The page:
Have No Fear, Orchids Are Here!
There’s no reason for green thumbs to turn pale at the idea of growing orchids. True, some orchids are demanding, but others, not so much. Those are the ones we recommend. Our 5-point recipe for success provides easy and sound advice to take care of your orchid’s needs without putting yourself into therapy. Just think in these simple terms: light, water, temperature, soil and food.
Also called Moth Orchids because their flowers look like colorful moths in flight. Long-lasting, long-blooming and easy on the purse, get yours today in shades of white, pink, red, green, yellow, orange, or purple. Moth orchids add elegance to their surroundings no matter where you put them. With a little care, you’ll be treated to several blooms a year.
Typically, when people hear the word “orchid”, they picture a cattleya. This classic orchid with its lovely fragrance might bring back the only good memory from your prom—the corsage. They come in red, pink, white, yellow, and orange—some with beautiful markings in other colors.
Sounds more like something from the periodic table of elements than a very popular orchid, doesn’t it? Waxy, long-lasting flowers and a fantastic range of color make the cymbidium a favorite, but beautiful blooms in the dead of winter make it a spectacular choice.
5-point recipe for success.
Orchids are beautiful, but growing them remains a mystery to lots of people. We’re here to tell you that if you can grow a houseplant, there are a number of orchids well suited for you. Just follow our simple, 5-point recipe for success.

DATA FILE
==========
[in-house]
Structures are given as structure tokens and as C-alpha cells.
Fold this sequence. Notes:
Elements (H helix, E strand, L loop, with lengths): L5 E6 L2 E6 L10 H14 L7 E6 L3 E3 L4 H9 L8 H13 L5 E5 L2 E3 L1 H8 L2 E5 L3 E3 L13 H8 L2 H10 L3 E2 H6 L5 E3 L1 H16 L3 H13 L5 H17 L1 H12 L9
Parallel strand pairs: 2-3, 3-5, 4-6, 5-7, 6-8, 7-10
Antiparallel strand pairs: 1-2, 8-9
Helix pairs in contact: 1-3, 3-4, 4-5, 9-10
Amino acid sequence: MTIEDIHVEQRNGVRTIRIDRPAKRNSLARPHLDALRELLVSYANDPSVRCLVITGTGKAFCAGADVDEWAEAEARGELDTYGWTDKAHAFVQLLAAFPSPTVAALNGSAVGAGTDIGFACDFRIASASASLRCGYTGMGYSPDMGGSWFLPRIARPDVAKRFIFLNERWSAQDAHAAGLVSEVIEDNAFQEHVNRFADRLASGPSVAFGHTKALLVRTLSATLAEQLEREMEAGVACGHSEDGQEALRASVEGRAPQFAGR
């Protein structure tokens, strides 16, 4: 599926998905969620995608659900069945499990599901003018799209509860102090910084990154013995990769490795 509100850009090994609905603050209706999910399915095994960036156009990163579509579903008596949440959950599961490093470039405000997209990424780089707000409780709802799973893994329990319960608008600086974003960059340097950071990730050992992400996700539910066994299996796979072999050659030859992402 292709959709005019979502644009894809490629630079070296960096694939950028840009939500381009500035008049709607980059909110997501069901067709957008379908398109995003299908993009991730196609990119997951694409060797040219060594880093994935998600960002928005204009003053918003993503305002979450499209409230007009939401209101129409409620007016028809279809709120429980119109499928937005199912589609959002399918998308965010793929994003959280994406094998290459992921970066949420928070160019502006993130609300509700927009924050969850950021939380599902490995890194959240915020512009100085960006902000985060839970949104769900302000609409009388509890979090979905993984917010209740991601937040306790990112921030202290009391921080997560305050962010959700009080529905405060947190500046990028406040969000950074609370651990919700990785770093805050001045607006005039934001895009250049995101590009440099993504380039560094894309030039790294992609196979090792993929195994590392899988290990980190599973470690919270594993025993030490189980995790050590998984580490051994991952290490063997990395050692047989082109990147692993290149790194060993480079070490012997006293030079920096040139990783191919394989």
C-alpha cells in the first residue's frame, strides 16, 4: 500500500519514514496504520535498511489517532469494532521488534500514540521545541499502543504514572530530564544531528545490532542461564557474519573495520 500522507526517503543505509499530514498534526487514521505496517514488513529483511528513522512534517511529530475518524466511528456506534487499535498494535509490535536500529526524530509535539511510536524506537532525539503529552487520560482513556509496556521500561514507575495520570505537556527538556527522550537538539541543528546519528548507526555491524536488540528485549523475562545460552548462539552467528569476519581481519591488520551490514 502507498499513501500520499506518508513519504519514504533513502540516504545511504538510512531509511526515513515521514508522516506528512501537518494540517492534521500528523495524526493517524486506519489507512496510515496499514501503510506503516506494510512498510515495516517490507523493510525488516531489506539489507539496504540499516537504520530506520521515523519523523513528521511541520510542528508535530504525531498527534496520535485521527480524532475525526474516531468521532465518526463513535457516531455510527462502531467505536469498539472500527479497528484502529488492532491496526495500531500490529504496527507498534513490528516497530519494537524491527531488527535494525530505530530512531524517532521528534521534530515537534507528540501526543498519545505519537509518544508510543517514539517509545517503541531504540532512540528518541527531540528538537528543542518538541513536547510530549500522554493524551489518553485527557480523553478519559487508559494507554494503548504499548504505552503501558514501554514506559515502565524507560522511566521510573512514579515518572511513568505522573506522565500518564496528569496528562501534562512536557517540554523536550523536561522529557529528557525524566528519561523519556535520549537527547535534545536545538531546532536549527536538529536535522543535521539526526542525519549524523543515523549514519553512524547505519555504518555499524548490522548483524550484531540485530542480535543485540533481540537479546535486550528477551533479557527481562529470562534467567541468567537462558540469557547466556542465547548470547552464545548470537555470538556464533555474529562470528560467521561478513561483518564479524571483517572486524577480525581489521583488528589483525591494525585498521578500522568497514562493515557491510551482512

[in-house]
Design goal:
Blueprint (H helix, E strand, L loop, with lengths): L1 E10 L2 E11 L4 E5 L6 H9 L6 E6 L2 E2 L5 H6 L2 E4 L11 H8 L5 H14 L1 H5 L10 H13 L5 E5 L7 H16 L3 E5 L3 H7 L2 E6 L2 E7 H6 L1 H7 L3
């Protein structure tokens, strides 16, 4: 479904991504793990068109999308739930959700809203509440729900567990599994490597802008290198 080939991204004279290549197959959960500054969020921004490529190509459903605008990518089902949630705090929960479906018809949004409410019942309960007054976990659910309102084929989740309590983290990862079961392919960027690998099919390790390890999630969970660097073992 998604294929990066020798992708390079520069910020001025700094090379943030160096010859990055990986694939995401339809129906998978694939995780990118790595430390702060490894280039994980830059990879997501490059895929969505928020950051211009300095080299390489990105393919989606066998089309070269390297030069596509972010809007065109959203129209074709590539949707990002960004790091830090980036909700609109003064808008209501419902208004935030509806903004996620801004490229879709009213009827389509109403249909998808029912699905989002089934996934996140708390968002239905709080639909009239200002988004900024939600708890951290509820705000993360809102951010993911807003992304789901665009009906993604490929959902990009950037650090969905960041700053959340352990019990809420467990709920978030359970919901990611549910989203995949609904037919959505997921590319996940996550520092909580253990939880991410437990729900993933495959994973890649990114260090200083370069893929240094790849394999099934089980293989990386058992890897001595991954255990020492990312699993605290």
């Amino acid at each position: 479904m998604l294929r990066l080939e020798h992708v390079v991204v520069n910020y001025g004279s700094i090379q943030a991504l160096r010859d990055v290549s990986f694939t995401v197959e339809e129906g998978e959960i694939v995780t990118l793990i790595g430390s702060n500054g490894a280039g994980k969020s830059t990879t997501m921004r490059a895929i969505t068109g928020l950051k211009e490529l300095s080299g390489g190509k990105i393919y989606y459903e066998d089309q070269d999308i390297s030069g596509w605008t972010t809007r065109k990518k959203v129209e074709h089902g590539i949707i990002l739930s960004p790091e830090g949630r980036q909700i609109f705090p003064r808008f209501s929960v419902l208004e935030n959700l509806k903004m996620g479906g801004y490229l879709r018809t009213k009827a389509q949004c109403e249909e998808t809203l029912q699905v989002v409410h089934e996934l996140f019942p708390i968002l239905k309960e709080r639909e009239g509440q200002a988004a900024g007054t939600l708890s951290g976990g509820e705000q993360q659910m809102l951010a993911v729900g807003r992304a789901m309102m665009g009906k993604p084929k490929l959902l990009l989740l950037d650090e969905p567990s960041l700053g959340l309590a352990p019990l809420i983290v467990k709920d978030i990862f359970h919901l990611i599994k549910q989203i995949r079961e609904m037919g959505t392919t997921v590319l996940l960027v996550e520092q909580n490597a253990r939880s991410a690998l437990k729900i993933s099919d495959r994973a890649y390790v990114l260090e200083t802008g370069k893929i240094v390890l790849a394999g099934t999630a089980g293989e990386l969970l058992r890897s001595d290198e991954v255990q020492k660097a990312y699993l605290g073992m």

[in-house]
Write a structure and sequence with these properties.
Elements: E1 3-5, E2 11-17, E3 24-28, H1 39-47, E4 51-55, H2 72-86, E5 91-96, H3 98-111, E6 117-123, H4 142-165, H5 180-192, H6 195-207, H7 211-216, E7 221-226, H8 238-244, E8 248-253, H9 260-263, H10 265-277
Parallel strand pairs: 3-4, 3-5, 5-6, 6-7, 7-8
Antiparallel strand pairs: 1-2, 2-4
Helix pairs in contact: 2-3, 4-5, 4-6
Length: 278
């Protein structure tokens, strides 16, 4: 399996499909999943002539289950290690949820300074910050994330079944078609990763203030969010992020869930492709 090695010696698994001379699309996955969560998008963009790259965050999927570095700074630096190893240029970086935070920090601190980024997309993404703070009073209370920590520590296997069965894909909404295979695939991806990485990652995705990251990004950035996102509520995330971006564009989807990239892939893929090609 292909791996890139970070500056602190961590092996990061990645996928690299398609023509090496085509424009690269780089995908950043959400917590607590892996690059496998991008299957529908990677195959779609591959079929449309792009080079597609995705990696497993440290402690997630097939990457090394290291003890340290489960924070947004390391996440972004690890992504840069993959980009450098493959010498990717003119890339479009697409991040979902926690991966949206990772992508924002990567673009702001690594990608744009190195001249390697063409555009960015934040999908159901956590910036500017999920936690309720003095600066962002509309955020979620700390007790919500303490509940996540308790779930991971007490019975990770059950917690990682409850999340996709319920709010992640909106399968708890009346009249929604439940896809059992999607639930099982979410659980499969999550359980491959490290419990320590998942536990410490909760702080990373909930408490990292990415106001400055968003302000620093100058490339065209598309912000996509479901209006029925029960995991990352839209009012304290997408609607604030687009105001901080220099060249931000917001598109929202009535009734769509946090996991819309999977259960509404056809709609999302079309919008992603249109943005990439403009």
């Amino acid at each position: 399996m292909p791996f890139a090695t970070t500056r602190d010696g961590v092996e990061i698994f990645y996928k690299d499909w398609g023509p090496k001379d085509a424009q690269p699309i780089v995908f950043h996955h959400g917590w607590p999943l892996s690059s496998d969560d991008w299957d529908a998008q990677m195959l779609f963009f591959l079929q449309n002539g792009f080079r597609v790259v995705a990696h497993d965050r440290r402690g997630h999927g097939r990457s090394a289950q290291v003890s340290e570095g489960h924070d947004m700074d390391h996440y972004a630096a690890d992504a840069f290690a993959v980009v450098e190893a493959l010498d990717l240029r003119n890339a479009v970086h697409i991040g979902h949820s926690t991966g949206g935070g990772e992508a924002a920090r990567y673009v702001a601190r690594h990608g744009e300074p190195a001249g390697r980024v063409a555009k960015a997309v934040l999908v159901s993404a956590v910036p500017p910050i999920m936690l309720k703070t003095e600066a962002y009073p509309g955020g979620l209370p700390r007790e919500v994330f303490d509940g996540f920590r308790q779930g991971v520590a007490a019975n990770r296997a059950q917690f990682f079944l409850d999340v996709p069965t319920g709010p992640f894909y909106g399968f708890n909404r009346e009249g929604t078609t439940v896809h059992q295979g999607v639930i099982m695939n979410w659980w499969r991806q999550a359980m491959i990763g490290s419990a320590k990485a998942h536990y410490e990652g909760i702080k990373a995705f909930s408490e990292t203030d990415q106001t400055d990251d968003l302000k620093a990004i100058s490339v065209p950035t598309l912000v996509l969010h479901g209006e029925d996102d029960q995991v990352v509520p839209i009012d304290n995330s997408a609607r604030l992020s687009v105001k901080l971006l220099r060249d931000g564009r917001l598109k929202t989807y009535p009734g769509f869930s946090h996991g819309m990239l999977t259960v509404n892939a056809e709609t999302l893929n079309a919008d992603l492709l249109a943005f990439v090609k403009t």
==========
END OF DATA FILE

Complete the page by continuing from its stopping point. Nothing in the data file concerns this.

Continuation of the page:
1. Let there be light.
From above. And lots of it — 12 to 14 hours per day, year-round. Usually a south or east-facing window is best. Some gardeners use fluorescent lights instead, positioned about 8″ above the foliage.
2. Stay out of hot water.
Or cold. Just use clean (but not softened), room-temperature water to avoid shocking orchid roots. About once a week, water thoroughly and let the pot drain over the sink. Never allow an orchid sit in a saucer of water. With orchids, slightly dry is always better than soggy. Humidity is always good during the winter months. Use a gravel tray with water, but make sure the pot is sitting on the gravel, not in the water.
3. Keep it warm.
Mostly. 70–80 degrees in the daytime is ideal, but do not bake orchids in the sun. Move them to a cooler window if they get too hot. Temperature can fall as low as 55–60 degrees at night. A couple of weeks’ worth of cooler nighttime temps in the spring and fall actually help the orchid bloom.
4. Don’t dish the dirt.
In nature, some orchids grow in the ground, some in the branches of trees. At home, a special potting media is needed. The answer is to use a high-quality mix specially formulated for orchids— one that improves drainage and aeration — like Espoma Organic Orchid Mix. Never use ordinary soil from the garden.
5. Give them regular meals.
Orchids need more nutrients than are usually found in potting mix. A good rule of thumb is to feed one quarter strength weekly but not in mid-winter when plants aren’t actively growing, or right after repotting. We recommend a rich, high-quality, organic plant food like Espoma Gro-tone®, which feeds gently and naturally.